Right, all good... but the clock didn't start ticking on Launch Day. That CDX has been exposed to weather for what, 2+ years? Then got coated on one side?

Frankly I'm not convinced HR was smart enough to paint the whole thing with epoxy, I bet he just did the seams. The stuff is expensive and FH was built for minimum coin. The pile of empty cans didn't even look big enough to do the hulls much less inside & out. Didn't see everything though... obviously... just being my usual little ray of sunshine.

By now it should be extremely obvious to HR and fambly that he has no clue how deal with a boat. It should also be extremely obvious that their Plan B to go back into Loch Lomond Marina ain't gonna happen. There is no way of guessing what he'll do, but hopefully tow the boat someplace where there are other maritime squatters and they can get some breathing room (plus a few pointers from their boating peers) before FH falls apart.

If FH Jr is running, then that at least gives them the option of getting off the mud flat.

My bet is that if the "HR'FH" is really His Rodness, then he'll be back on here screaming that it's our fault and we should give him money.

FB- Doug

edit to add- Another possibility: Guy LD rushes thru a successful IPO of Flyin' Hawhyinn Inc. they harvest goo-gobs of money and move to comparative luxury of a double-wide on the outskirts of Reno

 
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Sand crab

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Montana
The hulls were assembled and then trucked to LL. A lack of empty epoxy cans at LL would not be evidence one way or another. But you can see the epoxy all over the inside of the hulls on page 2 of this thread so I suspect it's all over the outside, too. What I'm more concerned about is the glass.

 
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shaggy

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The hulls were assembled and then trucked to LL. A lack of empty epoxy cans at LL would not be evidence one way or another. But you can see the epoxy all over the inside of the hulls on page 2 of this thread so I suspect it's all over the outside, too. What I'm more concerned about is the glass.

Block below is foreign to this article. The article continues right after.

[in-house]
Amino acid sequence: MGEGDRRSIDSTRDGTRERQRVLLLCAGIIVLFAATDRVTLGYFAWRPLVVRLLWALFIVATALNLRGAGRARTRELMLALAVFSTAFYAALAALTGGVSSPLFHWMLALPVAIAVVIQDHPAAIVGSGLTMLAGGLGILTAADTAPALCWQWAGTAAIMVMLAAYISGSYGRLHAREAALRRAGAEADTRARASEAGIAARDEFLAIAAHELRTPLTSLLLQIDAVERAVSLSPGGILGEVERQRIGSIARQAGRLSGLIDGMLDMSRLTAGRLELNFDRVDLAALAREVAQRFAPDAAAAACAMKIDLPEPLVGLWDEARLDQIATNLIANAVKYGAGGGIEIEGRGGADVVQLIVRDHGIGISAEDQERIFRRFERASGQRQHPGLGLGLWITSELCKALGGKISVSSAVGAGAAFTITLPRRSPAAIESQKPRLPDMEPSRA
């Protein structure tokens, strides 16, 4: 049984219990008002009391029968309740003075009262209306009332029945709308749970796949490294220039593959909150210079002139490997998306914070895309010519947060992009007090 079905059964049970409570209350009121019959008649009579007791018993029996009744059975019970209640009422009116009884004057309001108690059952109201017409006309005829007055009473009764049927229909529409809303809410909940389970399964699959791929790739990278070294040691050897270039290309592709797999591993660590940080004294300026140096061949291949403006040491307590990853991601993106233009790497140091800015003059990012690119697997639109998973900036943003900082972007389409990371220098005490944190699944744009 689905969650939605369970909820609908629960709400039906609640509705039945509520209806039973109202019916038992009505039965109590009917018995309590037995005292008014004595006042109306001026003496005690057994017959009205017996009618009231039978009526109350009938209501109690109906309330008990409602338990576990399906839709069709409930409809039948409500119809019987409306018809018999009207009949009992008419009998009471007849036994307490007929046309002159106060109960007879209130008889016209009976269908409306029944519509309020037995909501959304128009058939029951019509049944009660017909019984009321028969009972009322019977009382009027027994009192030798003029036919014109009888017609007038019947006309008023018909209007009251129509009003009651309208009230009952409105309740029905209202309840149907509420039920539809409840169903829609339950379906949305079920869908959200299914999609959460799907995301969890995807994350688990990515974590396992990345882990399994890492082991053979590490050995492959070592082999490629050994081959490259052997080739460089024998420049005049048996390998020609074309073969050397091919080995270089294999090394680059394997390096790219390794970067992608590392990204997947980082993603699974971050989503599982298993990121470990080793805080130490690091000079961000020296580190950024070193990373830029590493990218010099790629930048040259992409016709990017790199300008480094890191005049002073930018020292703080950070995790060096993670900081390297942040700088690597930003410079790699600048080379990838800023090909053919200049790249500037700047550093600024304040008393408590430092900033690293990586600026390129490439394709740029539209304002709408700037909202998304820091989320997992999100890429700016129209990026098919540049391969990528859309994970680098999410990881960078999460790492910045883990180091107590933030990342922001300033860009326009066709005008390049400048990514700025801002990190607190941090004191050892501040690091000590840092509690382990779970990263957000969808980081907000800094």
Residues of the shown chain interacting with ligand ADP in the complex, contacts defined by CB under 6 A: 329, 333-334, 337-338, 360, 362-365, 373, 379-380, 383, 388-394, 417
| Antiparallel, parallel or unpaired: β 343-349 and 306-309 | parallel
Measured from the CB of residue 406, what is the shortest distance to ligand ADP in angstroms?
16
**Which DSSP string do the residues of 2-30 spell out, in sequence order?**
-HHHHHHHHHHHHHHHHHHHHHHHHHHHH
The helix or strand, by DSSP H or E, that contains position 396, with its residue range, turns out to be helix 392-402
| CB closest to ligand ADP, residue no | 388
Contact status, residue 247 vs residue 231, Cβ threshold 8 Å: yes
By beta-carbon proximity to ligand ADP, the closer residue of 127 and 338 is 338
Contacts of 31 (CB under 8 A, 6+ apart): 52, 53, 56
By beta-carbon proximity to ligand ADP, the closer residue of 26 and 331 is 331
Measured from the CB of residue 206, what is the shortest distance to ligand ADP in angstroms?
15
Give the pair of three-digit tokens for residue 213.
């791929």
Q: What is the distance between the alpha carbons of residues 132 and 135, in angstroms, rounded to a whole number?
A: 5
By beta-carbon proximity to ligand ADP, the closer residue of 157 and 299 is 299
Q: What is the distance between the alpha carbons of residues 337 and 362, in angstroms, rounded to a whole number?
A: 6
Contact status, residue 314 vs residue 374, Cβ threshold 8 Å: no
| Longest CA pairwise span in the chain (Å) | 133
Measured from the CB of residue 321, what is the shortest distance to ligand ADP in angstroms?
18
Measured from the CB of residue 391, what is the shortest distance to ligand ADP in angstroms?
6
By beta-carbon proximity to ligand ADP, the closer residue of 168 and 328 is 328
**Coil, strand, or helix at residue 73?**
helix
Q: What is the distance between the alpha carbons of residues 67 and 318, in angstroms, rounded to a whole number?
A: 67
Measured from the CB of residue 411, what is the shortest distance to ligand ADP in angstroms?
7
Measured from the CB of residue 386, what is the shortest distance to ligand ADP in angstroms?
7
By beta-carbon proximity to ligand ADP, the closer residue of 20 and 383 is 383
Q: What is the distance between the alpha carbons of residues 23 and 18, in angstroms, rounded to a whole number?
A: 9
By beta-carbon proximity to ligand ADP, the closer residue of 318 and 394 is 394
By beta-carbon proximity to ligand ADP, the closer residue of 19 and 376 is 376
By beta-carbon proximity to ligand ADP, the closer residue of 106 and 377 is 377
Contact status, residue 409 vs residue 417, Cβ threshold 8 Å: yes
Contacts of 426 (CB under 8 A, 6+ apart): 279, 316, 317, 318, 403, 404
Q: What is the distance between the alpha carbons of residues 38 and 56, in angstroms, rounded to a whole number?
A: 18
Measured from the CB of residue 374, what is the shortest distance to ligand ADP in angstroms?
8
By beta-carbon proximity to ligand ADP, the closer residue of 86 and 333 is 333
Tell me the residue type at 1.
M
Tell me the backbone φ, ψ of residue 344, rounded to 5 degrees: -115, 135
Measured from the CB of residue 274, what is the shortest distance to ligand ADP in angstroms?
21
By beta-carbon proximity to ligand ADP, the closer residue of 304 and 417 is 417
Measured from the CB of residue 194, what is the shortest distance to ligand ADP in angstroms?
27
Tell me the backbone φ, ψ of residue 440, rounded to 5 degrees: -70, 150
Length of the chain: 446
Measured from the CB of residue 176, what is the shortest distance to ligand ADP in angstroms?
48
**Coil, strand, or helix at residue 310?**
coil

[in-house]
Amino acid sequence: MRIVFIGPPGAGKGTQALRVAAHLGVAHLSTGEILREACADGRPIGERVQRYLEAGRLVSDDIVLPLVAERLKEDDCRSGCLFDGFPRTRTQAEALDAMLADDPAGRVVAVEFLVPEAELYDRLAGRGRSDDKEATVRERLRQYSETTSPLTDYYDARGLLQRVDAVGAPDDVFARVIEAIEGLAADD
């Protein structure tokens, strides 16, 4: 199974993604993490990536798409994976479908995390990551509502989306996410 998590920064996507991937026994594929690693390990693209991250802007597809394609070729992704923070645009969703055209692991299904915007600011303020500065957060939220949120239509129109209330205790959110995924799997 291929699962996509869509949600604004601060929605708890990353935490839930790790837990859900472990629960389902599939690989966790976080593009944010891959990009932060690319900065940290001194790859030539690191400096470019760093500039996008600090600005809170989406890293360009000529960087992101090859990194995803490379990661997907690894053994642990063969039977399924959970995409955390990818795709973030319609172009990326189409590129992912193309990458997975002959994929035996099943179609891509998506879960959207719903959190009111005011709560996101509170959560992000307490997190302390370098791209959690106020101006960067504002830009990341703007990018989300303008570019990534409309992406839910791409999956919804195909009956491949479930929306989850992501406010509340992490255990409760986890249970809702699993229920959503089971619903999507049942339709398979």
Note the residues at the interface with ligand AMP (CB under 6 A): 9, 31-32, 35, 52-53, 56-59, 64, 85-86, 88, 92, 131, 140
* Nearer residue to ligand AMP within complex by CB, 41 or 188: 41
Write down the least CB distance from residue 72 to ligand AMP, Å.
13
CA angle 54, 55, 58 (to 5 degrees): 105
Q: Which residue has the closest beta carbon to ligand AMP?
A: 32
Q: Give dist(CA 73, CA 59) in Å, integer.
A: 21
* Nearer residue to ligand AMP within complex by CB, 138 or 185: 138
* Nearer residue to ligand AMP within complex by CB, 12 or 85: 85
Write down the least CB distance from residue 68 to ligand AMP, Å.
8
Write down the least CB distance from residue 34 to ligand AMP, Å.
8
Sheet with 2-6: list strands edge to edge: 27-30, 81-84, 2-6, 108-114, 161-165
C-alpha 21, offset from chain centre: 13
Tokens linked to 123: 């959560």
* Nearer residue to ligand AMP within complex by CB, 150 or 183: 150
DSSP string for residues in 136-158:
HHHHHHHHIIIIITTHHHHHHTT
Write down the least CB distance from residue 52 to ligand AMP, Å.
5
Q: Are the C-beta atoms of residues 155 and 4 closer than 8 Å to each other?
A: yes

So he had the hulls trucked in?? Did he just ring up uncle Lary and ask who he used?? Where were they built?? Cans and clues to the build quality probably there if anyone has the gumption to go take a look. B)

 

justhooked

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Steam Flyer

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The hulls were assembled and then trucked to LL. A lack of empty epoxy cans at LL would not be evidence one way or another. But you can see the epoxy all over the inside of the hulls on page 2 of this thread so I suspect it's all over the outside, too. What I'm more concerned about is the glass.
Ah, didn't realize the hulls were built elsewhere and trucked

HR really pissed away a big pile o' cash on this thing, huh?

FB- Doug

 

Raz'r

Super Anarchist
63,100
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West is Shit? who knew? which brand did you use? I've used west a bunch over the years, but am trying something new(MAS) on my kids little strip planked OppiKat. So far, I can't tell the difference.